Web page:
Acknowledging her sister’s failure, Terry stepped up to do her duty.  She pulled her chicken from the pen, taking it straight to the chopping block, just like she’d seen Mama do so many times.  Maybe she should have watched a little closer.  Instead of holding the chicken by the head  and chopping just below with the hatchet, Terry held it by the feet.  The panicked chicken raised its head, flopped around on the block, and lost a few feathers.  On the next attempt, Cammie tried to help by holding the chicken’s head, but wisely jumped when Terry chopped, leaving the poor chicken a close shave on its neck.

indian-dress-and-henBy now, all three girls were squalling.  Cheryl tied a string on the poor chicken’s neck, Cammie held its feet and they stretched the chicken across the block.  By now, Terry was crying so hard so really she couldn’t see.  She took aim, and chopped Henny Penny in half, ending her suffering.   Guilt-stricken, they buried the chicken.  Defeated, they finally called their Aunt Millie, who came over and helped them kill and dress their chickens for the competition, which they won.  All’s well that ends well.

Happy as a Dead Pig in the Sunshine

imageAre you familiar with these good old Southern phrases and how to use them?

“Bless your heart”  means I was “raised right” and can’t call you a dumbass to your face.

“Raised right” means you were in church at least twice every Sunday and are still scared of you little bitty, old mama.  You have to  “Ma’am” and “Sir” folks till the day you die, or Mama will be “hurt.”  You don’t want Mama to be hurt.  You’ll be “lower than a snake’s belly” till one of the other kids messes up.

Continue reading

The Sad Saga of the Beakless, Tailless, Gizzard-bobbing, One-leg Hopping chicken

Repost of an earlier post.

Being a farm kid is not for sissies and cowards. The dark side of the chicken experience is slaughtering, plucking, cleaning, and preparing chickens for the pot.  I watched as Mother transformed into a slobbering beast as she towered over the caged chickens, snagging her victim by the leg with a twisted coat-hanger, ringing its neck and releasing it for its last run.  We crowded by, horribly thrilled by what we knew was coming.  It was scarier than ”The Night of the Living Dead”,  as the chicken flapping its wings, Continue reading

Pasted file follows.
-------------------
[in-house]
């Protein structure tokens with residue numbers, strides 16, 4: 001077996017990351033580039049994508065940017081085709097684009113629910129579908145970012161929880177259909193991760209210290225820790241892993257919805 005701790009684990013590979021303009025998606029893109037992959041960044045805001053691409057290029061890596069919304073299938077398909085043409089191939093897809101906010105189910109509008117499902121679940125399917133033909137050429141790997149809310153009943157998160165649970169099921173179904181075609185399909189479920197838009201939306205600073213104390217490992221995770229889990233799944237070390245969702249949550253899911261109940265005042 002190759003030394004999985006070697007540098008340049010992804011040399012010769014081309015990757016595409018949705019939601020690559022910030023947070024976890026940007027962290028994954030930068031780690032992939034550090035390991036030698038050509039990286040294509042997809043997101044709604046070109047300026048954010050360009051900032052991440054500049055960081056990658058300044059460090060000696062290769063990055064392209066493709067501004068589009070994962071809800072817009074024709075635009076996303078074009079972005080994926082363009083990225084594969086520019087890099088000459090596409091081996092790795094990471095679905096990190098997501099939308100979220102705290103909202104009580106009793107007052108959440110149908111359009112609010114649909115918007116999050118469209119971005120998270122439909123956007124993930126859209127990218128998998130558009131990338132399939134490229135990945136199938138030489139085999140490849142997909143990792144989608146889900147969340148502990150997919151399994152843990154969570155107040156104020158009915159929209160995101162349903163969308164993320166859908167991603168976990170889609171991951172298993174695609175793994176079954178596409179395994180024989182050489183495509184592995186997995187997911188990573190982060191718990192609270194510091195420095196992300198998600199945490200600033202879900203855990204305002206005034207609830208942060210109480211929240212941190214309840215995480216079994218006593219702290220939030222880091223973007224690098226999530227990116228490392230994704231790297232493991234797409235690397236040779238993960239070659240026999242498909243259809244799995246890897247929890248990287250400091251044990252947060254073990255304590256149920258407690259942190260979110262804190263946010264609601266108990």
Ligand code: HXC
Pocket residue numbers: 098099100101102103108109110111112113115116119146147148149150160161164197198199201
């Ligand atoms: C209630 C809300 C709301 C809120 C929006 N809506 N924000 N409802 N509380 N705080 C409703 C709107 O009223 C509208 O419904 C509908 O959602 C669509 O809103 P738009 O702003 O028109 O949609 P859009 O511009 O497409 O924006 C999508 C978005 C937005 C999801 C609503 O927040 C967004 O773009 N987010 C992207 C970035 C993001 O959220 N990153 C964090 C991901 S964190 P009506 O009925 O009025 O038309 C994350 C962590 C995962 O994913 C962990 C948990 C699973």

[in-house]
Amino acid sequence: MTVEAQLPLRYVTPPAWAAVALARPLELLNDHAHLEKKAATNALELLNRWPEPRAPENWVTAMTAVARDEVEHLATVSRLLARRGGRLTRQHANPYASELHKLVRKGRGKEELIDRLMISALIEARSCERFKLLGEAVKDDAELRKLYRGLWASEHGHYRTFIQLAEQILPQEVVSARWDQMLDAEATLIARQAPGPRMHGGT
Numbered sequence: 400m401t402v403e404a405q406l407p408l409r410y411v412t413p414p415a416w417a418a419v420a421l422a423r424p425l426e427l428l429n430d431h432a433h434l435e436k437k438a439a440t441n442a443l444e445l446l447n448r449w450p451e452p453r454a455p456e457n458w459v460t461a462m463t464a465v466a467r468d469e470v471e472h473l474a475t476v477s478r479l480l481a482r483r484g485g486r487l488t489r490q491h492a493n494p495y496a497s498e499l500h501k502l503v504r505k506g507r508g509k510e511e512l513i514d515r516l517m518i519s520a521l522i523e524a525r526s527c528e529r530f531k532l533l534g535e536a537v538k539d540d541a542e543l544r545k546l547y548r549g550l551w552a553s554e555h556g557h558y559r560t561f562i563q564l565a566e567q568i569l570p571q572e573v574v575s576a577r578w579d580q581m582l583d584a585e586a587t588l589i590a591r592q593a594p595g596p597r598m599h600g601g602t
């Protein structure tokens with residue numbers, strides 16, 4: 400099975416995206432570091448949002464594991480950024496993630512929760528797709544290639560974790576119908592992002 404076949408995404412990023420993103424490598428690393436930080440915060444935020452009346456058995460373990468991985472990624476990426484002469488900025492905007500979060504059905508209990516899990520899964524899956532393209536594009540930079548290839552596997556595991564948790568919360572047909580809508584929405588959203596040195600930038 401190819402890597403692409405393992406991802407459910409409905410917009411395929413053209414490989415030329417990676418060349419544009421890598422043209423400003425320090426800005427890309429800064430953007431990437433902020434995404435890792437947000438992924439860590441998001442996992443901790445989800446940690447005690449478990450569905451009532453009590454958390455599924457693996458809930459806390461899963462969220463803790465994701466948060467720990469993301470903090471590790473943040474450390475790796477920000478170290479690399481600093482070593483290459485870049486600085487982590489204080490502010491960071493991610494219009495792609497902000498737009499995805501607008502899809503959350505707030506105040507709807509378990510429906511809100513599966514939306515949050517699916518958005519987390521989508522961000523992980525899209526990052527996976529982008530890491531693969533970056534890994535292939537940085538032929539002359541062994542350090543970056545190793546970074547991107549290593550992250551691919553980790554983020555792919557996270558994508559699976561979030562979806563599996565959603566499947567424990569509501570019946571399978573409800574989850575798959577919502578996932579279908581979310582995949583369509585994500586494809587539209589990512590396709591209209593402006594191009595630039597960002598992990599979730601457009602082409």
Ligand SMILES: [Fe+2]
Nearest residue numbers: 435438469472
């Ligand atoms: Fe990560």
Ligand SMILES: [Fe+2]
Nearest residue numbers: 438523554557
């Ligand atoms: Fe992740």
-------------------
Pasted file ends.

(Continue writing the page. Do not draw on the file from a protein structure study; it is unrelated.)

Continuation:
Good Old Sue

Trouble had its own plan and always lurked in the shadows waiting to jump me.  The simplest thing could go wrong.  There was just no way to anticipate what was down the road.  Billy and Troy were out of pocket when Uncle Parnell was ready to leave.  Daddy sent me and Sue to look for them.  Jamey and Froggy told us they had seen Continue reading

Black as Hell and Smells Just Like Poke Salad

The weather had been unseasonably hot and dry the fall of 1933, the drought extending all the way into November. All eyes scanned the skies periodically, hoping for the rain that would break the drought and bring cooler temperatures. The clouds rolled in, threatening, but produced no rain. The old timers who predicted rain by their rheumatism, declared when Continue reading

“It couldn’t be helped!”

Mother has stage-four Terminal ADD. It hasn’t killed her yet, but it came close several times.  Back when I was a kid, it was called being disorganized, procrastination, and not getting things done. Having five kids, a-worse-than-unhelpful-husband, Mother had more work than six women could have accomplished. That put the icing on the cake.  Daddy should have been a Continue reading

Miss Ruby and the Bagwells

The companionable thing about growing up in the fifties and sixties in the rural South was that everyone went to the same school, churches and knew everything about everyone.  When the women got the kids off to school, beds made, dishes done, wash on the line, and the beans on to soak for supper, they might have a little time to visit a neighbor for coffee before heading home to get the baby down for a nap, finish their Continue reading